I got two emails this month talking about hopes and dreams that weren't for right now. In one of them, my friend said she knew that the timing for her dream wasn't right, but she hoped that in another season it would come to fruition. For right now, she was acknowledging its existence and letting it rest at that.

The other email was from my sister who used the training circle analogy from The Mask of Zorro. You can watch the clip here, but the important part is this bit of dialogue:

Don Diego de la Vega: This is called a training circle, a master's wheel. This circle will be your world, your whole life. Until I tell you otherwise, there is nothing outside of it. 
Alejandro Murrieta: Capitan Love is... 
Don Diego de la Vega: There is NOTHING outside of it. Captain Love does not exist until I say he exists. As your skill with the sword improves, you will progress to a smaller circle. With each new circle, your world contracts, bringing you that much closer to your adversary, that much closer to retribution. 
Alejandro Murrieta: I like that part.

My sister said that she hoped at some point that a new language she was fascinated with would "move into her circle" although she had no clue when that would be. But until it came into her circle, she had to focus on where she already was.

I was so grateful for that visual aid. Sometimes I get so frustrated when my dreams seem to be impossible to attain in the foreseeable future, but the truth is that my foreseeable future is full of wonderful things that may just not be for right now. And my present is pretty wonderful to, once I let it be what it is.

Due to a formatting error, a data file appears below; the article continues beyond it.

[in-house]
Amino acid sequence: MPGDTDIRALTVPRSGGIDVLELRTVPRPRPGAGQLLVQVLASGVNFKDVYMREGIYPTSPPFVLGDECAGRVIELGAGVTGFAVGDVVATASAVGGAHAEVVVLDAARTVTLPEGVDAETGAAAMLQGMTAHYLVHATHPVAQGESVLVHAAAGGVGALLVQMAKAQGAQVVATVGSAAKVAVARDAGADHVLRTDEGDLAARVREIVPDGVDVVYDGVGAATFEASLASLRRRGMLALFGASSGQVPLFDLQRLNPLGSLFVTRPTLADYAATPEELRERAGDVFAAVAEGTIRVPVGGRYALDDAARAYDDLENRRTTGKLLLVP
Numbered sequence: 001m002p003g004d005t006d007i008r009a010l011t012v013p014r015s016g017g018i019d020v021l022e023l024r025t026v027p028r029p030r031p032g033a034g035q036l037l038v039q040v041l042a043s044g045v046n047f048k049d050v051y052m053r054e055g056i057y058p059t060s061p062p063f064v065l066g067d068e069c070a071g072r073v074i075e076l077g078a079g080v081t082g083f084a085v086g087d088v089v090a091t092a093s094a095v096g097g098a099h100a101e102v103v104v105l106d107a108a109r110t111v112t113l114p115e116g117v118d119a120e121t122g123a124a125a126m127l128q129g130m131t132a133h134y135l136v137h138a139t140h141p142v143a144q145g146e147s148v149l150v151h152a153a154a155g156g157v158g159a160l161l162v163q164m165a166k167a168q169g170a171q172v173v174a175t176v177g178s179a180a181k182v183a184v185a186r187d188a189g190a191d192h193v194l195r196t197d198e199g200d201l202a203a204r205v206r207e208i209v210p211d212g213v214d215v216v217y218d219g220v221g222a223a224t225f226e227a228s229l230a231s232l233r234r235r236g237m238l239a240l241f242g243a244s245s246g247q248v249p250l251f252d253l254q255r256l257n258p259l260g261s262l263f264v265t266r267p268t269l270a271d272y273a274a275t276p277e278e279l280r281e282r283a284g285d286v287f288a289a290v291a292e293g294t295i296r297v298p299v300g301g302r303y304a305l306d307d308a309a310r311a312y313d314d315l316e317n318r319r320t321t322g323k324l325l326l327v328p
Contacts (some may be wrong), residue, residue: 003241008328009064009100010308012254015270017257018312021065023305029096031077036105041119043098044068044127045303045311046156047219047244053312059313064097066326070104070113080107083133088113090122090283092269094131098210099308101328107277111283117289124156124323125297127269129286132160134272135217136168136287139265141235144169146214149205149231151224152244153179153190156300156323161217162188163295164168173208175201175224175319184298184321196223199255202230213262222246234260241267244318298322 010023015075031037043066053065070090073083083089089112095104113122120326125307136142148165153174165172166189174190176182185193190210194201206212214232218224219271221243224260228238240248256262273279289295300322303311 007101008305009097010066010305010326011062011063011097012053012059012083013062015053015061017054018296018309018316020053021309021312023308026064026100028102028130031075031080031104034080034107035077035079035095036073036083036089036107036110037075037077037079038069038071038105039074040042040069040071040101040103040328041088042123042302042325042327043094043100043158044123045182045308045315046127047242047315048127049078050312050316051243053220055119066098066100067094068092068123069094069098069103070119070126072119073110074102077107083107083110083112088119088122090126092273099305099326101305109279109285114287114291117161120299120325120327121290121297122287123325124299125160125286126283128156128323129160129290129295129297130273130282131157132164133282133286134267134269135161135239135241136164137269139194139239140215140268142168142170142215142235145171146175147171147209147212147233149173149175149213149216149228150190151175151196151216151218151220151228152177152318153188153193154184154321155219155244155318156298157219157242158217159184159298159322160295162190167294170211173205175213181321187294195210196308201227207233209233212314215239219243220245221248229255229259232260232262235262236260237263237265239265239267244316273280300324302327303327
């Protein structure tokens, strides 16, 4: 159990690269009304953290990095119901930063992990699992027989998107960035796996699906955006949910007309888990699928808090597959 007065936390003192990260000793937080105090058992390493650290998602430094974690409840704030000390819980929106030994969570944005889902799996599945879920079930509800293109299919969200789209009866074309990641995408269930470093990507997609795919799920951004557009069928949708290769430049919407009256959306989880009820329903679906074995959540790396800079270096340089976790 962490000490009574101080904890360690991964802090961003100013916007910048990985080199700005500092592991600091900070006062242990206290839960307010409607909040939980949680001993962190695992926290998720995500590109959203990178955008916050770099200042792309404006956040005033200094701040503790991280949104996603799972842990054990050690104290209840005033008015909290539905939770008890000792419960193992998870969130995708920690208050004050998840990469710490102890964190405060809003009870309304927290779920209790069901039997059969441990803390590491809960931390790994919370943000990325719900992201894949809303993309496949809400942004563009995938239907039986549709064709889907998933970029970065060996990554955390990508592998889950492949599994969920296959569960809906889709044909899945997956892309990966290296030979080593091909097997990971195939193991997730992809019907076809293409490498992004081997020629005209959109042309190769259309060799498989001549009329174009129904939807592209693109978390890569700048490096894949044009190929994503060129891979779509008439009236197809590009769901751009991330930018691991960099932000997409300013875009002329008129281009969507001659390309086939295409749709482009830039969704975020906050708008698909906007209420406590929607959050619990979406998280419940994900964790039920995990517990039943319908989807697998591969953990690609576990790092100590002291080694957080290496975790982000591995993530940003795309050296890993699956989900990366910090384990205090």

I have to remember who I already am, who Christ has already made me, and rejoice in that. And let the rest come when it will.

There is often a disconnect between who we are and who we want to be. Maybe that's just Jesus reminding us that He has something greater in store for us later on. But how I hope to learn to rest in the now while I wait for a chance to bring these other dreams to reality, how I hope I don't crush my own dreams by grabbing for them too soon.

Friday, March 13, 2015

Seven Easy Steps to Your Child's Book Addiction

So we now have a reader in the family. For the most part. I mean, of course, other than the Man and I.  The Little Man is still hesitant to put his new powers to use, but he's got them. I wish he'd gain a little more confidence so I could put him to work reading to Tiny, but patience, you know...patience...and a lot of sounding out words very, very slowly.

This was his first day of school picture.
That I took two weeks into the school year.

Anyway, while I'm waiting, I thought I would take the time to instruct all of you out of my now vast wealth of knowledge and wisdom so that you too can instill a love of reading in your child. So here you go.

How to Make a Book Addict Out of Your Previously Untainted Child in Seven Easy Steps

Start 'em early : There is no child too young for a book. Seriously, start reading to your kids while they're still in the womb (it can't hurt, right?). Whatever you're reading, read it to your kids. Unless you have awful taste in literature. Then don't. Save them from yourself. But really, you're sitting there holding your newborn baby, read them something. There are few things better than snuggling a baby while enjoying the written word. Except for sleep, maybe sleep. That might be better. But what would I know.